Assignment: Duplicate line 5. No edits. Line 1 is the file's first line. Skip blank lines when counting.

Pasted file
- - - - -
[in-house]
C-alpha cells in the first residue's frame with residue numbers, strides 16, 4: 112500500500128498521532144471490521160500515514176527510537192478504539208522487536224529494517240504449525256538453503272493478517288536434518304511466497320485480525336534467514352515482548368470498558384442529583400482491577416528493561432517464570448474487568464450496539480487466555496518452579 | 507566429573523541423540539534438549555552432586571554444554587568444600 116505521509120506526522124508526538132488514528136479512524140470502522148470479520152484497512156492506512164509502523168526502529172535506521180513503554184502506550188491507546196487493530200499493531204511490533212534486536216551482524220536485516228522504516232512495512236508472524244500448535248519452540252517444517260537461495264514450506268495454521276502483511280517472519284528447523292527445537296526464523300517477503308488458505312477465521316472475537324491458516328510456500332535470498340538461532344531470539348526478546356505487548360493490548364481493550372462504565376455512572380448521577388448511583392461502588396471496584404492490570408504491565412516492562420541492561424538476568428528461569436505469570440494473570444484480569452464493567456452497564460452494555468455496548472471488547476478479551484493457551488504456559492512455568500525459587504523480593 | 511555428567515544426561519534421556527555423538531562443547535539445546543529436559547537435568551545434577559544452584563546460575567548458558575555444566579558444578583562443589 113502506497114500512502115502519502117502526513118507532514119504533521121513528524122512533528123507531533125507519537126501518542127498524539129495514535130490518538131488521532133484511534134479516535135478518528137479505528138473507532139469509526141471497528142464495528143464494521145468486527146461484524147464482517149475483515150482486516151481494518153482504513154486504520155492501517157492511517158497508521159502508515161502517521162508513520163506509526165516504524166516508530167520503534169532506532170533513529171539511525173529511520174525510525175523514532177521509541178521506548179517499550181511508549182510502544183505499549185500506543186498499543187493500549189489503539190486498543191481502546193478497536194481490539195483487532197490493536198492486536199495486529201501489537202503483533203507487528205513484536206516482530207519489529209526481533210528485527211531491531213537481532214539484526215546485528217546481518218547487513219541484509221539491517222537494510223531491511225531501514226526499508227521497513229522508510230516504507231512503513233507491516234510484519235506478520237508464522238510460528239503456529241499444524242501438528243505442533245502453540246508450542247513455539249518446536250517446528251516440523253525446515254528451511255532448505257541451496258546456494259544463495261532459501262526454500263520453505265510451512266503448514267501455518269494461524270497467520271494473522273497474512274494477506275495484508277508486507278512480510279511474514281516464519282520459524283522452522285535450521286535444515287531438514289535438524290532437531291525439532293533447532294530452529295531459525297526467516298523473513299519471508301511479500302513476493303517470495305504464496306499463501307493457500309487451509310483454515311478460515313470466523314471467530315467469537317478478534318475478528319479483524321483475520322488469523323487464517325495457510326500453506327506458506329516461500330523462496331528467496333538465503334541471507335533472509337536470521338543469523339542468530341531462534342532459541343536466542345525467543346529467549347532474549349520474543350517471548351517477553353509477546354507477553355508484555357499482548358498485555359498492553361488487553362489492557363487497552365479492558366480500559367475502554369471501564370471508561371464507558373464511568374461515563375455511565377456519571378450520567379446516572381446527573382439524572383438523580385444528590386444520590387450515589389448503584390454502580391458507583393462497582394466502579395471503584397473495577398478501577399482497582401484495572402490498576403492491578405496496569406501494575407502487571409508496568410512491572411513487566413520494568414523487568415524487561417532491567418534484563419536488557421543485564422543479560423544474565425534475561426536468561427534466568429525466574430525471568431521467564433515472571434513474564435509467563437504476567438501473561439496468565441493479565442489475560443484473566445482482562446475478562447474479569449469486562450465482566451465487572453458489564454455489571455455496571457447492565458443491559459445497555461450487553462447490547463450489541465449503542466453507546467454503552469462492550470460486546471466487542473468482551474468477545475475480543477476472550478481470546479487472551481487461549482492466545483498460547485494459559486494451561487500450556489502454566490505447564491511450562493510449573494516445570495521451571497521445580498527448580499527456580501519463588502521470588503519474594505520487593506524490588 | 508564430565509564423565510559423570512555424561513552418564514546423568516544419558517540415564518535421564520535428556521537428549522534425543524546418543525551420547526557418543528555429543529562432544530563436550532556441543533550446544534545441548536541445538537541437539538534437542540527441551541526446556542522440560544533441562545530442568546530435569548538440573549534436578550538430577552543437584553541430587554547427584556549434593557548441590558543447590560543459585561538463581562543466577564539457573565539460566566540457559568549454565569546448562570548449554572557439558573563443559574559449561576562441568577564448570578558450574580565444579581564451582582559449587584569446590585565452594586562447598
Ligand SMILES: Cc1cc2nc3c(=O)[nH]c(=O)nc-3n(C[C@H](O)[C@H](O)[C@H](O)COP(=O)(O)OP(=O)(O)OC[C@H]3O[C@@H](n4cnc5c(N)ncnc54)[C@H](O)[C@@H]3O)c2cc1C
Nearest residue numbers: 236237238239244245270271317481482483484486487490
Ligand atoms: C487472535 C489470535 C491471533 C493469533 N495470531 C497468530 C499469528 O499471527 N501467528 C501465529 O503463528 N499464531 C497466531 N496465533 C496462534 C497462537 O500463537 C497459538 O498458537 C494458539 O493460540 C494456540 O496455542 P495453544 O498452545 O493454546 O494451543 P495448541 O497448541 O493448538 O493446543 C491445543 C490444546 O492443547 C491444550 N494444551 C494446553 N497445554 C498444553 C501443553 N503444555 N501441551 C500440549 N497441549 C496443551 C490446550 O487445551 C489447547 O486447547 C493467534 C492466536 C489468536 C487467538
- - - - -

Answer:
Ligand atoms: C487472535 C489470535 C491471533 C493469533 N495470531 C497468530 C499469528 O499471527 N501467528 C501465529 O503463528 N499464531 C497466531 N496465533 C496462534 C497462537 O500463537 C497459538 O498458537 C494458539 O493460540 C494456540 O496455542 P495453544 O498452545 O493454546 O494451543 P495448541 O497448541 O493448538 O493446543 C491445543 C490444546 O492443547 C491444550 N494444551 C494446553 N497445554 C498444553 C501443553 N503444555 N501441551 C500440549 N497441549 C496443551 C490446550 O487445551 C489447547 O486447547 C493467534 C492466536 C489468536 C487467538